Mink Injury Investigations for the Hudson River NRDA 2012-2013
Past and continuing discharges of polychlorinated biphenyls (PCBs) have contaminated Hudson River natural resources. While the U.S. Environmental Protection Agency is continuing with cleanup plans, federal and state trustee agencies - the U.S. Department of Commerce, the U.S. Department of the Interior, and New York State - are conducting a natural resource damage assessment (NRDA). These agencies are responsible for evaluating the injuries associated with hazardous substance contamination to natural resources and determining appropriate actions to restore those resources. Natural resource damage payments provide a means for the Trustees to restore injured public resources to the condition they would have been in but for the release of hazardous substances to the environment, and to compensate the public for lost services provided by those resources.
This fact sheet provides information on a proposed field investigation of Hudson River mink being conducted as part of the Hudson River NRDA.
Why Study Hudson River Mink?
Many species of mammals, including mink, rely on the Hudson River and its floodplain for food and shelter. Previous studies have shown that PCBs can injure mink, reducing kit survival and causing jaw lesions, among other effects. Hudson River mink are exposed to elevated levels of PCBs. Mink collected by trappers in the vicinity of the river contain relatively high concentrations of PCBs in their bodies.
Mink Field Study
The Trustees plan to compare the abundance and density of mink associated with the Upper Hudson River to the abundance and density of mink associated with a reference river (the Mohawk River). The study will use two techniques to collect physical samples from mink. Neither technique involves killing mink or trapping mink, nor will either technique adversely affect mink. In the first technique, mink scat (droppings) will be collected from the field using highly-trained dogs that specialize in locating such material. The second technique uses small tubular devices that collect a few hairs from mink that pass through the device. All collected scat and hair samples will be genetically analyzed. Genetic analysis permits the identification of individual mink, which provides data the Trustees will use to estimate mink abundance and density in the Hudson and Mohawk study areas. Work will be conducted in 2012 and 2013. Initial scat collection will occur in 2012 with expanded collection in 2013. The hair collection work will be piloted in 2012 and potentially revised in 2013 based on results of the 2012 work.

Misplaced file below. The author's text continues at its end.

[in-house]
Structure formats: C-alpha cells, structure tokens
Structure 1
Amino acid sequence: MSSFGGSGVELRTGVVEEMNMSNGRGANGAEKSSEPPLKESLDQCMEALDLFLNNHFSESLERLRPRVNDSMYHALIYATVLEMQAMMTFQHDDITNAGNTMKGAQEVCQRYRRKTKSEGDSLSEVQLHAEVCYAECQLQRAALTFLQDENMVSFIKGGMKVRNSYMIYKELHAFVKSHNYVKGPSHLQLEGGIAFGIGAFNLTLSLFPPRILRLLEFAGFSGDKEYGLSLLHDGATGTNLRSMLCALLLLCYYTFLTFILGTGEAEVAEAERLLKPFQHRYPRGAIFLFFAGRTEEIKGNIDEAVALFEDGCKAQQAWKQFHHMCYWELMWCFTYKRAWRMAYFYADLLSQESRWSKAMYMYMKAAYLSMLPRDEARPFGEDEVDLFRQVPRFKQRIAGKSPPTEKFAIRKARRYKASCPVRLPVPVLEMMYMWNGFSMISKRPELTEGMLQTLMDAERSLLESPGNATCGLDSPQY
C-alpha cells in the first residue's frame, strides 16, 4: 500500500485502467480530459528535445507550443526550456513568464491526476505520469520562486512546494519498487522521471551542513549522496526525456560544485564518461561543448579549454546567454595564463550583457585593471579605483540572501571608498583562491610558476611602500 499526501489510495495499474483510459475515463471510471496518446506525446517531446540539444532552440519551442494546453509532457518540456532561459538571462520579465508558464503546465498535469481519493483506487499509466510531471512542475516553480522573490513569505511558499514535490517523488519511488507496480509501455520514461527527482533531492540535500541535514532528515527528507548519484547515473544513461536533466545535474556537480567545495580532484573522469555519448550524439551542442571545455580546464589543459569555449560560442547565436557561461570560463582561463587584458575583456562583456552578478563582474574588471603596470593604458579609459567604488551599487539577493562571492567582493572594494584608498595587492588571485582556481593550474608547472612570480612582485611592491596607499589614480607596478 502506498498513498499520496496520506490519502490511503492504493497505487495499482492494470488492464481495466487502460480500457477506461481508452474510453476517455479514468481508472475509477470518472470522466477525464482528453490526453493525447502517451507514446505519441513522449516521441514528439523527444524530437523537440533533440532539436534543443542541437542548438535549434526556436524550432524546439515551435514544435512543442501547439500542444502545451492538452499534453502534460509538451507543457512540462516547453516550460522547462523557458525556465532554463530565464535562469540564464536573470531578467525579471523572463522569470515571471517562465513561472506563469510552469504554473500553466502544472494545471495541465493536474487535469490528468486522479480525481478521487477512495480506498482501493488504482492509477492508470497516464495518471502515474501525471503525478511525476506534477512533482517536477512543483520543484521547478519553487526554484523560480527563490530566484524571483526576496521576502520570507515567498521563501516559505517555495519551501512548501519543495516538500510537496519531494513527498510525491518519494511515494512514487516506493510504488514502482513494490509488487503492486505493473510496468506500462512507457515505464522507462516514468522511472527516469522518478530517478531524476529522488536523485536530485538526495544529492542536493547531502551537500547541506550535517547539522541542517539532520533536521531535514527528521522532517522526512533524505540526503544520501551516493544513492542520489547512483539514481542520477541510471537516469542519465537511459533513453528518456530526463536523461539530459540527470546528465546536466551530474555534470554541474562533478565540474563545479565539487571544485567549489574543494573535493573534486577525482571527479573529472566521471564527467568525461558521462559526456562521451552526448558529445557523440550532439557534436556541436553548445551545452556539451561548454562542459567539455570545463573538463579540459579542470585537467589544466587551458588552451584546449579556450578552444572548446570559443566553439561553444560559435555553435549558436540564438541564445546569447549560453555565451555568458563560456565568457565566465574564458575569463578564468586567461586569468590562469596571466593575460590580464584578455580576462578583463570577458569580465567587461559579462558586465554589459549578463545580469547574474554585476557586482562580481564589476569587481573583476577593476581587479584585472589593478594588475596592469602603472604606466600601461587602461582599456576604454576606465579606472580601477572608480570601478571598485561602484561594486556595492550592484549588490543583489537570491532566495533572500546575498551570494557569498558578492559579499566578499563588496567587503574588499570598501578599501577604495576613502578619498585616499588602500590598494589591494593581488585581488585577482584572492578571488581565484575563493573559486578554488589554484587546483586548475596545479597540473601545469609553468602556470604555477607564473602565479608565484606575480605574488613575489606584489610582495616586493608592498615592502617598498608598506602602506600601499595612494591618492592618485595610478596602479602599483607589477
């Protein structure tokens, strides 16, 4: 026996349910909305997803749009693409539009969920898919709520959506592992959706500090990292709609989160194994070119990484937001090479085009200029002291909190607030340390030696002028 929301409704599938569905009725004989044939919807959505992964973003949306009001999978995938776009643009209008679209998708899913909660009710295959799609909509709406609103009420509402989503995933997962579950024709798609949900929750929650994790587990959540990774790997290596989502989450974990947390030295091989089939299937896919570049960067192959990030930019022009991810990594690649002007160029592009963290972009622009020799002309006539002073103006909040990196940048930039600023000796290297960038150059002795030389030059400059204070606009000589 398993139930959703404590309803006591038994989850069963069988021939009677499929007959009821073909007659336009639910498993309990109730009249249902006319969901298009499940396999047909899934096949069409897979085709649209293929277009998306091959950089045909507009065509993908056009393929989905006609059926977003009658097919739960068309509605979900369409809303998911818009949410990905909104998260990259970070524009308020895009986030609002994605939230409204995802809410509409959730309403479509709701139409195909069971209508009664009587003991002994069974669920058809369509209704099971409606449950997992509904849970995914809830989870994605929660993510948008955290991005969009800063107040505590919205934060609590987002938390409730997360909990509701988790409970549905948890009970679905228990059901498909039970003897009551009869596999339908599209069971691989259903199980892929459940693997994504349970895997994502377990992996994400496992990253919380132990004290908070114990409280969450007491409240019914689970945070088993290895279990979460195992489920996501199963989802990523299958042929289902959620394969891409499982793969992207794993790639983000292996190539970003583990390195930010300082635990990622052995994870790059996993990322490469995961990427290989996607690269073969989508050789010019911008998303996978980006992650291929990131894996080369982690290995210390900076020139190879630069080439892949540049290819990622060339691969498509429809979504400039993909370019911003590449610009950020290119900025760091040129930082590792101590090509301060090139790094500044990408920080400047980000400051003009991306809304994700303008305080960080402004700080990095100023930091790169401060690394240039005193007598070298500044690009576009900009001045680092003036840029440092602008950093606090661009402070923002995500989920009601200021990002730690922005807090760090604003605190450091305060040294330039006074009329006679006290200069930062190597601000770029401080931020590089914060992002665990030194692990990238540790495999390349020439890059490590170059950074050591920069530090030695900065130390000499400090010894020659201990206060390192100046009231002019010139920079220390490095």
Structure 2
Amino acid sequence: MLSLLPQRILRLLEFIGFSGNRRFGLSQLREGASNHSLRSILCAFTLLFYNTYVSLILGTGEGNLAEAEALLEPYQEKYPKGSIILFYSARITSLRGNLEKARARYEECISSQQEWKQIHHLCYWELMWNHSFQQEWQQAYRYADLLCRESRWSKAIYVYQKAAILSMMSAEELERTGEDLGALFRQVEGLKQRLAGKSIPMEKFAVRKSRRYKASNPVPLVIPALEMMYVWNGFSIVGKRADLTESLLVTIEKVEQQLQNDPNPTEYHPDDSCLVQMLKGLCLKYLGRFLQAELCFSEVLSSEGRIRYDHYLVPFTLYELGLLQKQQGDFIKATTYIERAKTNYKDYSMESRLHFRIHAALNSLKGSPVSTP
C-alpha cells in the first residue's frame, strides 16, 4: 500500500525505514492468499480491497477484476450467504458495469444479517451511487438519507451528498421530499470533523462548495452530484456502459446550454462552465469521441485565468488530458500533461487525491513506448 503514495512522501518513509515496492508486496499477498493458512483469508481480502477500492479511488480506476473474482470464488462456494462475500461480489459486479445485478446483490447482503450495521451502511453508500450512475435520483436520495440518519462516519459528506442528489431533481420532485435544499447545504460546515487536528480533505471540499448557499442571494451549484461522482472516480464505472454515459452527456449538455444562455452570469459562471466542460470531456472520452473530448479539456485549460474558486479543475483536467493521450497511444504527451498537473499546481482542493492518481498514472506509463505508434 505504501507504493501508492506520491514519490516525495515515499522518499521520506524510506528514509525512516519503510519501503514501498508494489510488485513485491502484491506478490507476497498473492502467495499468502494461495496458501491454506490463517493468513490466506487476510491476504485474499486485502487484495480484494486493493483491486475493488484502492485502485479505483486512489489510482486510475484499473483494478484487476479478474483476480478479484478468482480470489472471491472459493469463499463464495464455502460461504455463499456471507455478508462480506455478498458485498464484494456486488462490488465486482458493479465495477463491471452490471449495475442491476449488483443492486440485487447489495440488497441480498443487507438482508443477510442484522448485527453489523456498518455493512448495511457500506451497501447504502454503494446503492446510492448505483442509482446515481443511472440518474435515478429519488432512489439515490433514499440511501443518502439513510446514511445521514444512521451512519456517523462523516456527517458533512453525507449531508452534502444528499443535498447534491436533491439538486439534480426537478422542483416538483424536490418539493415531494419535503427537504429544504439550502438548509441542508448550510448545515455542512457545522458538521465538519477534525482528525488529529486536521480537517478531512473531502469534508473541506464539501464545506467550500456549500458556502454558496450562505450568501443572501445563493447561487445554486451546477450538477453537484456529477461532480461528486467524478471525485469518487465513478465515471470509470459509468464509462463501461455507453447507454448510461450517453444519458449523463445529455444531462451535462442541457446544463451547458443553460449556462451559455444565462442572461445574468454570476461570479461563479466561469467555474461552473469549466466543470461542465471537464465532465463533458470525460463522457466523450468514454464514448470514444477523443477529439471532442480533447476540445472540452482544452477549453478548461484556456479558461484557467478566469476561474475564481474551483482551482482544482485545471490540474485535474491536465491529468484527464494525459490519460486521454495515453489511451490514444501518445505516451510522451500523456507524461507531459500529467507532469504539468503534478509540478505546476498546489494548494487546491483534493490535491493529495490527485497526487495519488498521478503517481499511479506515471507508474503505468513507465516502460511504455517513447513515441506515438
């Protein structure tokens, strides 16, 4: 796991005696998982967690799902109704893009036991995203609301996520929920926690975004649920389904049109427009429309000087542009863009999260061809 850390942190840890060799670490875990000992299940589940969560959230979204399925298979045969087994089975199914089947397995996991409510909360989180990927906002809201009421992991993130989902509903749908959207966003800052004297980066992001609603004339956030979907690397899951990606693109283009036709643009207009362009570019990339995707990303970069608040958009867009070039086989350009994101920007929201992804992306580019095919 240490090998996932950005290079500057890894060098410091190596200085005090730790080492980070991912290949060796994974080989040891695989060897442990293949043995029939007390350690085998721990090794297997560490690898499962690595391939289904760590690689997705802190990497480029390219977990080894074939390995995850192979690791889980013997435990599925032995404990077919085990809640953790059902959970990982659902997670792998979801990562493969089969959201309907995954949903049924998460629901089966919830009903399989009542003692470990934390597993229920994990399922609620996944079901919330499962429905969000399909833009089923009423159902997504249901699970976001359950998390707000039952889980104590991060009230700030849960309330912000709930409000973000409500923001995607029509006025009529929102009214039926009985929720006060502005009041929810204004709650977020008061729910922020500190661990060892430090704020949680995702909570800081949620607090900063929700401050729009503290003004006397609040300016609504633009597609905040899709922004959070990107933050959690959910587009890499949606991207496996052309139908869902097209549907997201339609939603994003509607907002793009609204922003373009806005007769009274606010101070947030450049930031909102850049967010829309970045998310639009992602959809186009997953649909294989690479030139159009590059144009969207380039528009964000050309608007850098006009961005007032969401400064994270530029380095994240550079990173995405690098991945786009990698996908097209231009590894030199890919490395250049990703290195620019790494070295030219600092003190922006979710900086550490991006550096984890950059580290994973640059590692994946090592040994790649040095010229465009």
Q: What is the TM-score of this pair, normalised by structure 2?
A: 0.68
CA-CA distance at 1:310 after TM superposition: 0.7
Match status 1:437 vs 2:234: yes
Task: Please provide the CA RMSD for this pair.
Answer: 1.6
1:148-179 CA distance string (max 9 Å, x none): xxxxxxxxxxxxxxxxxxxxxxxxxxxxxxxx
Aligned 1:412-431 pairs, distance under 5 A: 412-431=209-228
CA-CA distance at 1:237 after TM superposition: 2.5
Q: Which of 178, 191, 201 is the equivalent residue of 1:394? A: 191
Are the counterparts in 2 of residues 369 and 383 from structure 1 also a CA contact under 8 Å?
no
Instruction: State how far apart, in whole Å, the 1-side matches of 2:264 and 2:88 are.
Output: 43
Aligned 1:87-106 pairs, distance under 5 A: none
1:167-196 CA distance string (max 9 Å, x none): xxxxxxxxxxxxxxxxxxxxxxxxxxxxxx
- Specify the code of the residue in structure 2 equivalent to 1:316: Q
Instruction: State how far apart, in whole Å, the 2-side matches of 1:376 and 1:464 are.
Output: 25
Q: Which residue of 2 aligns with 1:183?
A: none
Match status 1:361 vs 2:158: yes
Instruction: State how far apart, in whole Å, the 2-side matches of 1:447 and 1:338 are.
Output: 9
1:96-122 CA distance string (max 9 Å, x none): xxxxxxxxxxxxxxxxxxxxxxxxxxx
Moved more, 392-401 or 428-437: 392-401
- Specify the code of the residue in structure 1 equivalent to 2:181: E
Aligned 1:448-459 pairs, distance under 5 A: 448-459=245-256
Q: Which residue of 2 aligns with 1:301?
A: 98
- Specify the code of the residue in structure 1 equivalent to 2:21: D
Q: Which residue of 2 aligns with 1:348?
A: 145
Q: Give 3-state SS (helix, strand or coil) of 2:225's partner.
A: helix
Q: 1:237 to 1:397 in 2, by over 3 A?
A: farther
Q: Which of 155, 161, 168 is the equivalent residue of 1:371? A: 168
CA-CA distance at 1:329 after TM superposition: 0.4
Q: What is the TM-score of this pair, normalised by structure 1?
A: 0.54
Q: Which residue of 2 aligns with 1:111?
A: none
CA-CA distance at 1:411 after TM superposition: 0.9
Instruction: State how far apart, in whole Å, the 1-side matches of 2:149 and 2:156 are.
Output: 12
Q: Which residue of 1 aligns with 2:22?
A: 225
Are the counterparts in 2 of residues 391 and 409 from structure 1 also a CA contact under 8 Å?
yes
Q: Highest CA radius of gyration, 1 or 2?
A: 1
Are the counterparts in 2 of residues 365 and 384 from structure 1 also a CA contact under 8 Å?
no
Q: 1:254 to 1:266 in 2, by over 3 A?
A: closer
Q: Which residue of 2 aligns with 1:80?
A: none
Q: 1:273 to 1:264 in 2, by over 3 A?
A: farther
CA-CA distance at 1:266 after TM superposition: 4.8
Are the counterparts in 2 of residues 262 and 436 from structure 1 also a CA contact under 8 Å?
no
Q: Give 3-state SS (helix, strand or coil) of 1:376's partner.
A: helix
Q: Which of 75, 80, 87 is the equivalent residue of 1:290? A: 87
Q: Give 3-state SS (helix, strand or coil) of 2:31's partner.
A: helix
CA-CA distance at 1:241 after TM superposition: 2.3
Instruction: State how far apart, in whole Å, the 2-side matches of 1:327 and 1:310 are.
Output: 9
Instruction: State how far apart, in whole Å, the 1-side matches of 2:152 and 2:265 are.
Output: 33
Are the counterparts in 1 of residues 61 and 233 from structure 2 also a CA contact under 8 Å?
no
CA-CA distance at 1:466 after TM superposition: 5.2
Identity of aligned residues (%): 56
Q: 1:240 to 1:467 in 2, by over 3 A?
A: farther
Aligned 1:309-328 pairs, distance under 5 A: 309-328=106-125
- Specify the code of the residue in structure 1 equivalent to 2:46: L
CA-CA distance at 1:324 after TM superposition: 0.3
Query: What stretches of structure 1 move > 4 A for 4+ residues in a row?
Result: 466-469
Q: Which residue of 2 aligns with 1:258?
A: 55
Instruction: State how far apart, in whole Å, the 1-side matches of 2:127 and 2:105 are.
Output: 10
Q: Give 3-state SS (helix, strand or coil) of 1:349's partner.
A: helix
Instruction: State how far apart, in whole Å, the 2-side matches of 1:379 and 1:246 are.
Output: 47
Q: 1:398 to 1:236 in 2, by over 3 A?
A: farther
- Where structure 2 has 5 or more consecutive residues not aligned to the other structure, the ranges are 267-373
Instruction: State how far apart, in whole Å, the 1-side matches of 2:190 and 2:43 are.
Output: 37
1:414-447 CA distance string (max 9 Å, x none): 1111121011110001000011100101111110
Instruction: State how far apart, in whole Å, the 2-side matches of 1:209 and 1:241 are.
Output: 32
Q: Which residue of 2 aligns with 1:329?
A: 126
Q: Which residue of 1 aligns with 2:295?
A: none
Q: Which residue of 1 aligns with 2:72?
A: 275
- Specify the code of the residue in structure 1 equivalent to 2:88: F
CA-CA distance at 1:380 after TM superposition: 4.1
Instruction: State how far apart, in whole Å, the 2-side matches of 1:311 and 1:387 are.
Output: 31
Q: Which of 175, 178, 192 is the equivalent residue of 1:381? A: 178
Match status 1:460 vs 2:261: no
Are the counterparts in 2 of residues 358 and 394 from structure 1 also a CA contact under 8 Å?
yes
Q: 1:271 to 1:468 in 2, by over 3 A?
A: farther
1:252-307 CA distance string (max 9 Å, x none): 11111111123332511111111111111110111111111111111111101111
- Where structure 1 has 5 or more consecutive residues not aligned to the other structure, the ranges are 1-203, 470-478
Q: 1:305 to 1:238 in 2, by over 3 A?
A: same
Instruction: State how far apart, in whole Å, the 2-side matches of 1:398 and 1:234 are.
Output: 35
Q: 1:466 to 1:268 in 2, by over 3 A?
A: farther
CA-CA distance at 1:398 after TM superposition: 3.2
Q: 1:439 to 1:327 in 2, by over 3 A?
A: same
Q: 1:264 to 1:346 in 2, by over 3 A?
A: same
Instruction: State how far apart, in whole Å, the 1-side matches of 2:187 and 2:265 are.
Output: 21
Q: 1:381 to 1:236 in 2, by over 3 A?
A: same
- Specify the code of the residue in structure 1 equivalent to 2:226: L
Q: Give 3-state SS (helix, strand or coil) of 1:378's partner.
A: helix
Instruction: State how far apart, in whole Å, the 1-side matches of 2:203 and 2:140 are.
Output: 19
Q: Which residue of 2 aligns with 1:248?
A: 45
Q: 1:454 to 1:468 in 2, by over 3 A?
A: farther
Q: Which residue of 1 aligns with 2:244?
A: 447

Pursuant to the Hudson River NRDA plan, peer and public review of a draft study plan has been conducted, resulting in a final study plan that will be implemented. That final plan has been released to the public. A Responsiveness Summary responding to public comments has also been released to the public.
Materials pertaining to the mink field study are available on the following Trustee websites. These websites also contain a variety of additional reports and documents relating to the overall Hudson River NRDA.
To add yourself to the Hudson-NRDA listserv:
1. Send a message to: email@example.com
2. Write in subject: Subscribe hudsonnrda
If you have questions about natural resource damages, or want to submit a restoration project or be placed on the Hudson River NRDA mailing list, please contact one of the individuals listed below:
National Oceanic and Atmospheric Administration
1305 East West Highway SSMC4, Room 10219 Silver Spring, MD 20910
301-713-3038 x186 607-753-9334
United States Fish and Wildlife Service
3817 Luker Road
Cortland, NY 13045
New York State Department of Environmental Conservation
625 Broadway, 5th Floor
Albany, NY 12233